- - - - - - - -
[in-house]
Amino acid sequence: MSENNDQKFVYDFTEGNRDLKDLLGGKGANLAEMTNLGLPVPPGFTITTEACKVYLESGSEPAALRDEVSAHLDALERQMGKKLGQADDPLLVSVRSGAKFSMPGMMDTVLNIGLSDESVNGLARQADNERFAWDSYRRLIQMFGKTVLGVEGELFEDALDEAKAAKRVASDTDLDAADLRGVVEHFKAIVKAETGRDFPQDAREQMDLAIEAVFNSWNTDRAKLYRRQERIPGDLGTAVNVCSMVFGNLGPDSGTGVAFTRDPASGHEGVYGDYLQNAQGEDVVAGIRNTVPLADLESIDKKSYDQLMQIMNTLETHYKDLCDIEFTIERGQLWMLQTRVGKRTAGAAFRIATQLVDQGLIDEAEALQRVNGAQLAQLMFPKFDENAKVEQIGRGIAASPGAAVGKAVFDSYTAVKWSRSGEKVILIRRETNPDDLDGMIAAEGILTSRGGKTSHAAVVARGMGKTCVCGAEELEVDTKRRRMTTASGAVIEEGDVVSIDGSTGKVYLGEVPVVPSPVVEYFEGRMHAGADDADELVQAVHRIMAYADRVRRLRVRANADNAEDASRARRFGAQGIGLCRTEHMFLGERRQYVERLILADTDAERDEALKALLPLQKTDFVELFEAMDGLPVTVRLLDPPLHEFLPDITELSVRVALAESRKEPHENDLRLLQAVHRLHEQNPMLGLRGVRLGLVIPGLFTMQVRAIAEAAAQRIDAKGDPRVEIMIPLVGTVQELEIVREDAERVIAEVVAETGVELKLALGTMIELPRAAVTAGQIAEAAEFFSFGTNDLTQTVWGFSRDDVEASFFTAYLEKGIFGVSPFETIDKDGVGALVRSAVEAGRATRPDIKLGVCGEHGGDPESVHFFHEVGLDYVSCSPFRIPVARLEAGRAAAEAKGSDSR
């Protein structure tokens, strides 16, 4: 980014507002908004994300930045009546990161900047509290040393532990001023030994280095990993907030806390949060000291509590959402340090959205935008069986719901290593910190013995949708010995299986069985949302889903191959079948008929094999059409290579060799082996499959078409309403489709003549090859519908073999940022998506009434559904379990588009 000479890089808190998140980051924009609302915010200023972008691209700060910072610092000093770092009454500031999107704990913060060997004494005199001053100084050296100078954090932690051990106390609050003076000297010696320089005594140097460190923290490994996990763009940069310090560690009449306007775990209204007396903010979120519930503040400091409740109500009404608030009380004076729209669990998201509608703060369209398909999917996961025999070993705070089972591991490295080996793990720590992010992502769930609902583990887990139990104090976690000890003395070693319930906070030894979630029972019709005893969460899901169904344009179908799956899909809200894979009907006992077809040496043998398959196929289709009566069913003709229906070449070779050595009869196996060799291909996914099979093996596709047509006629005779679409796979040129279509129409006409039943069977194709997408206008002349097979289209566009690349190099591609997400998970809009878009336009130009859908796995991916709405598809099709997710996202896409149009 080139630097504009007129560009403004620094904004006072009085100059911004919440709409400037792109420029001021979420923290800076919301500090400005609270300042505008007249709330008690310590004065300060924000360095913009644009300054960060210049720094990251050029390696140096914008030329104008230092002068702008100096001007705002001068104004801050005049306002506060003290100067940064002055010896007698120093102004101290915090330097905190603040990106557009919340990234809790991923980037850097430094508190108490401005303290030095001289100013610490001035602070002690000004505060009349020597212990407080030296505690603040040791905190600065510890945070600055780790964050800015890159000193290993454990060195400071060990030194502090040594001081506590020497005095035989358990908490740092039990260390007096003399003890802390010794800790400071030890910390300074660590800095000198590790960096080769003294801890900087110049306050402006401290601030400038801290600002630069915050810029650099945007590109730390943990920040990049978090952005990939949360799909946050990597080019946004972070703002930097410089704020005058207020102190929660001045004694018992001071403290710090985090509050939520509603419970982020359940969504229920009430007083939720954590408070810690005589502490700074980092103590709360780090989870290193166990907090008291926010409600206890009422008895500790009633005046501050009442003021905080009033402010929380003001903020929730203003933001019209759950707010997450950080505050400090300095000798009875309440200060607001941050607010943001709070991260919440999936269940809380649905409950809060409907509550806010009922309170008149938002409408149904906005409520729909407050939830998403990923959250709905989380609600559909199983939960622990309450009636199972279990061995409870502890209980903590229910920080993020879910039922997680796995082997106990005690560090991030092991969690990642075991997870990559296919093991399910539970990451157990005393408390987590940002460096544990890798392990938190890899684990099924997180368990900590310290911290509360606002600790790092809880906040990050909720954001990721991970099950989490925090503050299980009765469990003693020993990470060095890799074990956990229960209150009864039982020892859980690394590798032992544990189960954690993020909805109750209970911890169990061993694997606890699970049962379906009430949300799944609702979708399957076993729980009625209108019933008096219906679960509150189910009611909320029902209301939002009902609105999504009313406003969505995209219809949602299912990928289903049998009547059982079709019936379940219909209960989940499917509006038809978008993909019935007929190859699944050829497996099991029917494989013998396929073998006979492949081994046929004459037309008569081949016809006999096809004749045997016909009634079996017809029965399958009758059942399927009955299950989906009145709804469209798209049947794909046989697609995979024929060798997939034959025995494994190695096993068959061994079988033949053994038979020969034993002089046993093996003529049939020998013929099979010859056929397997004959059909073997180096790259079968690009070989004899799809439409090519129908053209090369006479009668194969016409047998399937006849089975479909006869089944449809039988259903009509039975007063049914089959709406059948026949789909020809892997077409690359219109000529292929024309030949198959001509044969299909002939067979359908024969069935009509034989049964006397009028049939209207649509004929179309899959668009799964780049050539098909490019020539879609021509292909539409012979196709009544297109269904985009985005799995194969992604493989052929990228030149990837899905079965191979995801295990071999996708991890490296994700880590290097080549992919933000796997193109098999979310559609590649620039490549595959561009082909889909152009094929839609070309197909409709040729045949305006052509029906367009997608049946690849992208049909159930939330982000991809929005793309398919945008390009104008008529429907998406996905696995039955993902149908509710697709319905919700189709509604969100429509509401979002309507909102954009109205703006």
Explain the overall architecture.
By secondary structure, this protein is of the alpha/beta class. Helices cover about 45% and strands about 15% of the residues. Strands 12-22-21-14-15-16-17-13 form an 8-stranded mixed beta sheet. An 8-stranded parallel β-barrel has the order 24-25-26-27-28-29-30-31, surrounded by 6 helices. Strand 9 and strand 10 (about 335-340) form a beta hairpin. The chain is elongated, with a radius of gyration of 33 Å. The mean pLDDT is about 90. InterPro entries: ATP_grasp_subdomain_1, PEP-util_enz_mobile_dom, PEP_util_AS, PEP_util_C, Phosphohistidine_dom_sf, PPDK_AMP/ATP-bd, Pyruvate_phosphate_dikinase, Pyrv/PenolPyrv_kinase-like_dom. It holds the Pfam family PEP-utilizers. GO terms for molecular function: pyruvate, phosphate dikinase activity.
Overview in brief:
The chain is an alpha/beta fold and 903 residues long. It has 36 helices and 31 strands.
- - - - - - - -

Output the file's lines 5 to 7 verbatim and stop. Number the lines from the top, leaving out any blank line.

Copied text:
By secondary structure, this protein is of the alpha/beta class. Helices cover about 45% and strands about 15% of the residues. Strands 12-22-21-14-15-16-17-13 form an 8-stranded mixed beta sheet. An 8-stranded parallel β-barrel has the order 24-25-26-27-28-29-30-31, surrounded by 6 helices. Strand 9 and strand 10 (about 335-340) form a beta hairpin. The chain is elongated, with a radius of gyration of 33 Å. The mean pLDDT is about 90. InterPro entries: ATP_grasp_subdomain_1, PEP-util_enz_mobile_dom, PEP_util_AS, PEP_util_C, Phosphohistidine_dom_sf, PPDK_AMP/ATP-bd, Pyruvate_phosphate_dikinase, Pyrv/PenolPyrv_kinase-like_dom. It holds the Pfam family PEP-utilizers. GO terms for molecular function: pyruvate, phosphate dikinase activity.
Overview in brief:
The chain is an alpha/beta fold and 903 residues long. It has 36 helices and 31 strands.